Are you a good friend?
15 Apr 2019

Are you a good friend?

When I was a kid I used

15 Apr 2019

When I was a kid I used to love being pen pals. I’d go to summer camp, make loads of new friends and then write letters to them all year long. Something reminded me of this the other day and I wondered what happened to my pen pals. At some point I guess we just quit writing each other. 🙁 I blame high school and hormones.

But lately I’ve been thinking more and more about what it means to be a good friend and how we can show up for each other.


After Anthony Bourdain and Kate Spade died by suicide last year, suddenly EVERYONE was talking about mental health. Tweets were flying around with suicide hotline numbers and people were pledging their support for anyone facing hardships or depression.

That’s a super important conversation, don’t get me wrong. But….what’s happened since?

The Twitter-verse has moved on, but maybe we shouldn’t. Maybe we can make some real, small changes to the way we live our lives so that we can better supporters of our friends, family, coworkers, neighbors, anyone.

I think the question we might want to ask ourselves right now is: am I a good friend?

It’s easy to get caught up in the busy and the overwork and our own personal saga. Being a good friend is important and it doesn’t have to mean taking on a whole new set of social obligations.

When you’re a good friend you change people’s lives, you help them through the tough times you didn’t even know they were having. You cheer them up, remind them of the good times – plus, you enrich your own life in the process. It’s a win-win.

We don’t have time to be real pen pals anymore. I mean, I get it. As much as I would love to recommend hand written letters (I’m a big fan of hand written thank you notes in particular), it’s just not always realistic.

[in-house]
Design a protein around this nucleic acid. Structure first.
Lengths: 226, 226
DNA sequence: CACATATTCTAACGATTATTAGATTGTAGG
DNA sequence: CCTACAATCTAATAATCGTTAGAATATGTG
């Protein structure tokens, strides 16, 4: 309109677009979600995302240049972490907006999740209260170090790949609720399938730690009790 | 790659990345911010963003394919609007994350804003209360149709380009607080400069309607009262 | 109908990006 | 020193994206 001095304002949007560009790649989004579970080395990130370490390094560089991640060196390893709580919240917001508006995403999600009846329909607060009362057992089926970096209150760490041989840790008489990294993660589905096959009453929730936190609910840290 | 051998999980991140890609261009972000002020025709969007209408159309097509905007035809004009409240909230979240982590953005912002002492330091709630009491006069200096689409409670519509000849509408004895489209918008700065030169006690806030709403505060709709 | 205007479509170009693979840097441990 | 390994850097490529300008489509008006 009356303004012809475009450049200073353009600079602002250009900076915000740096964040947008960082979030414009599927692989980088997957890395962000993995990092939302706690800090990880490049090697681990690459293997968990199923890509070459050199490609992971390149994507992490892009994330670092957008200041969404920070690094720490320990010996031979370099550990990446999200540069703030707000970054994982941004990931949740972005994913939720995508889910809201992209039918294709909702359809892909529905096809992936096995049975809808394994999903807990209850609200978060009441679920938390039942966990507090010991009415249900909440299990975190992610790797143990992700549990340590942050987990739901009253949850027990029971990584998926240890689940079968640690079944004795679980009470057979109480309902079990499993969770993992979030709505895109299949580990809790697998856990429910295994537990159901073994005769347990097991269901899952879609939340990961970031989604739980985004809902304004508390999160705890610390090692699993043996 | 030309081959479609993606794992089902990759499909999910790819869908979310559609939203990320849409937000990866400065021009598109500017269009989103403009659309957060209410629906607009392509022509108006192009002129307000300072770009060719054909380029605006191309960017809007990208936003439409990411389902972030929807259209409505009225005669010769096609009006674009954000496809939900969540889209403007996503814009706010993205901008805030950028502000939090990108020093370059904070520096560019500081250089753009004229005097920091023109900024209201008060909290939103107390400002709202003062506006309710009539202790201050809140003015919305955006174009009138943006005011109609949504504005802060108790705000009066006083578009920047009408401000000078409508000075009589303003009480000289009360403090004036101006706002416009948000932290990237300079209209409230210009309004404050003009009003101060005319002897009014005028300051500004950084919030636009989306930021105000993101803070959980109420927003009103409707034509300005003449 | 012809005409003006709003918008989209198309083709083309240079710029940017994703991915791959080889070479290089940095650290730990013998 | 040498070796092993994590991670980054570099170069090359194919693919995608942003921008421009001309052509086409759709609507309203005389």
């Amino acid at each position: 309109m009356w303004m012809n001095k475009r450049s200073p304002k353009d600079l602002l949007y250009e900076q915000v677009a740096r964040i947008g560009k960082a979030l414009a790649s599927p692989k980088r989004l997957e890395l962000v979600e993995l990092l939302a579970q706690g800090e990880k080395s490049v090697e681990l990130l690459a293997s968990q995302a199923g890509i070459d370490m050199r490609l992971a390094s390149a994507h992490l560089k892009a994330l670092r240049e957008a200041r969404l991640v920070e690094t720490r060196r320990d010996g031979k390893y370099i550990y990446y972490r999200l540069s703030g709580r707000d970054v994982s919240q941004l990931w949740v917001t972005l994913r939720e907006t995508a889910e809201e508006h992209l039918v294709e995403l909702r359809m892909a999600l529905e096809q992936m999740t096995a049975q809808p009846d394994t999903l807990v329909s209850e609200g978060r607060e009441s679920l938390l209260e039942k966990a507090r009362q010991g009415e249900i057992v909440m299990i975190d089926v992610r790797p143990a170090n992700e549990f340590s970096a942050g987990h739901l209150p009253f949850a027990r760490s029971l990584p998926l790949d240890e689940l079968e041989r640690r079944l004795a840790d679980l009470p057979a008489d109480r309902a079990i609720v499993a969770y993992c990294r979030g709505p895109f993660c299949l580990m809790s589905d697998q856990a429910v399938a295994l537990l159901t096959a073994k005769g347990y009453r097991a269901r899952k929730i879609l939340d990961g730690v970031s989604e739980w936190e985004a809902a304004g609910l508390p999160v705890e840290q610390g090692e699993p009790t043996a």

And email can really just be a burden, every extra email in the inbox is a potential to do list addition (for you and for them). Frankly, my personal inbox is a nightmare, sometimes I don’t even see important personal emails until it’s way, way, WAY too late. Then I just feel bad, and we’re not trying to make people feel guilty here, right?

So, then what?

When a person pops into your head, take out your phone and send them an audio-text message immediately. Just record what you’re thinking, what reminded you of them.

Maybe it’s a colleague or former coworker, and you can remind them of a funny work story they told you. Good for anybody: tell them your favorite memory of them, tell them what you’re doing or recommend a book or movie you think they’d like. You can get as deep and meaningful or stay as light and fluffy as you want. Either way it’s going to be a delightfully personal audio letter.

I promise, it’ll make their day. How could it not?

You can do this on basically any phone, iPhone or Android. Whether you’re using signal or the default messages program on the phone. Don’t have their phone number? Use Facebook messenger to record and send. Just find the microphone icon 🎤

Be a good friend. To your close friends. To old high school buddies. To long lost cousins. To people who you almost forgot about and haven’t talked to in a million years. To the friend who has bailed on your plans the last four times you were supposed to get together – they are probably the one that needs it most of all.

As a side note related to all the discussion of depression and suicide, it’s worth checking out this short article from Mayo Clinic. Learn the warning signs and learn how to ask people how they’re doing.

Meanwhile, keep being a good friend.

Who would you send your first audio message to and why?

Got it in your mind? Ok, go send it. ❤

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